VIX All-Time Lows and Sub-10 Days Overview

This is an overview of all-time lowest VIX values and sub-10 days. We will discuss:

Here is a similar page for VIX all-time highs.

All-Time Lowest VIX Closes

All-time lowest VIX close was 9.14 on Friday 3 November 2017.

The 20 lowest VIX closes have been the following:

Fri 03 Nov 2017 = 9.14
Wed 03 Jan 2018 = 9.15
Thu 05 Oct 2017 = 9.19
Thu 04 Jan 2018 = 9.22
Fri 05 Jan 2018 = 9.22
Wed 22 Dec 1993 = 9.31
Mon 11 Dec 2017 = 9.34
Fri 21 Jul 2017 = 9.36
Mon 06 Nov 2017 = 9.40
Fri 15 Dec 2017 = 9.42
Tue 25 Jul 2017 = 9.43
Mon 24 Jul 2017 = 9.43
Mon 02 Oct 2017 = 9.45
Thu 23 Dec 1993 = 9.48
Tue 03 Oct 2017 = 9.51
Fri 29 Sep 2017 = 9.51
Fri 14 Jul 2017 = 9.51
Mon 08 Jan 2018 = 9.52
Mon 18 Dec 2017 = 9.53
Thu 28 Sep 2017 = 9.55

Almost all 20 all-time lowest VIX closes occurred in 2017 or January 2018, except two consecutive days 22-23 December 1993 – just before the holidays.

Another interesting observation is that none of the 20 lowest closes occurred in the five months from February to June.

The figures include VIX data up to and including 6 February 2018.

Sub-10 VIX Closes by Year

Looking at the chart, you can clearly identify three periods of long-term historical VIX lows: 1993-1994, 2005-2007, and 2017-2018. These have been the only years when the VIX got below 10.

Out of the 68 sub-10 closes, 52 occurred in 2017 and 7 in January 2018:

1993 = 4
1994 = 1
2006 = 3
2007 = 1
2017 = 52
2018 = 7

Possibly we can consider 2014 a fourth long-term VIX low, although the index didn’t get below 10 at that time. Lowest close was 10.32, intraday low 10.28 – both reached on 3 July 2014, the day before 4 July holiday.

All-Time Lowest Intraday VIX

All-time lowest intraday VIX was 8.56 on Friday 24 November 2017.

It was Black Friday – the day between Thanksgiving and the weekend, which certainly played a role. Markets closed at 1pm, options at 1:15 (early close is quite common around important holidays). The record VIX low occurred very briefly just a few minutes before close. Other than that the VIX stayed well above 9 throughout the trading session and closed at 9.67 just a few minutes after reaching the 8.56 low.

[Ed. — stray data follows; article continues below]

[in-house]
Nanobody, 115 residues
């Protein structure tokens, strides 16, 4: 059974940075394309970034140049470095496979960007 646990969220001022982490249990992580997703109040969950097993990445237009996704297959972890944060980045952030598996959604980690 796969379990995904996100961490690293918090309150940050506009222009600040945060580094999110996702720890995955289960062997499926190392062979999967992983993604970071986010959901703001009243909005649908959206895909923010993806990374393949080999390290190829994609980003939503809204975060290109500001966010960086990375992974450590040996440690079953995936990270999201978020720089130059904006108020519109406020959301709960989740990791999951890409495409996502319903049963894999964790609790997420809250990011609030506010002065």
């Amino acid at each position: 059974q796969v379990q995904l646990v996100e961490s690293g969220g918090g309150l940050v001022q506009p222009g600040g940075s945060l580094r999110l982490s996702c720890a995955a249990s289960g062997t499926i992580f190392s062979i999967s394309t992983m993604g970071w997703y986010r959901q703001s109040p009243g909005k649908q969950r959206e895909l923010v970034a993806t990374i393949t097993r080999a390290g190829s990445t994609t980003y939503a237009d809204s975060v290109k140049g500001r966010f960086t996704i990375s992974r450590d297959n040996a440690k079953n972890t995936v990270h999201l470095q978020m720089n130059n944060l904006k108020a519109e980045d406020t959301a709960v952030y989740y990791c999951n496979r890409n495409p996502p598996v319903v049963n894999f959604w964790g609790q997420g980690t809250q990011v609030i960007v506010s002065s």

The list below shows 20 days with the lowest intraday VIX values:

Fri 24 Nov 2017 = 8.56
Wed 26 Jul 2017 = 8.84
Mon 27 Dec 1993 = 8.89
Wed 20 Dec 2017 = 8.90
Thu 04 Jan 2018 = 8.92
Wed 03 Jan 2018 = 8.94
Fri 03 Nov 2017 = 8.99
Fri 05 Jan 2018 = 9.00
Tue 25 Jul 2017 = 9.04
Mon 12 Jul 1993 = 9.11
Fri 06 Oct 2017 = 9.11
Thu 05 Oct 2017 = 9.13
Thu 27 Jul 2017 = 9.16
Thu 23 Dec 1993 = 9.17
Tue 19 Dec 2017 = 9.18
Thu 21 Dec 2017 = 9.20
Tue 12 Dec 2017 = 9.21
Fri 15 Dec 2017 = 9.22
Mon 18 Dec 2017 = 9.24
Mon 24 Jul 2017 = 9.26

There have been only 7 days in the VIX history (going back to January 1990) when the index got below 9 at some point during the trading session. Before 2017 there was only one such day: 27 December 1993, which was again a day near holidays – the Monday after Christmas.

Effect of Holidays

You may have noticed that many of the record low days were around holidays. This is not a coincidence – there are two main reasons why extremely low VIX values are more likely around holidays.

Firstly, trading and general business activity (and therefore the probability of market moving news) tends to be lower around holidays, which translates to lower realized as well as implied volatility. Even when the holiday is over it may take a few business days until the business world gets back to its usual pace, which is why we often see low volatility not only before, but also immediately after major holidays. Of course, exceptions do happen.

The second reason is the way the VIX index is calculated from option prices – using calendar days as time measure, therefore counting weekends and holidays same as regular trading days. Because option traders know that market moving news and events are less likely on non-business days, option prices often decline just before close on Friday or before holidays, which translates to lower VIX. This second reason of course only explains low VIX on days before holidays, not after.

Days When the VIX Never Got above 10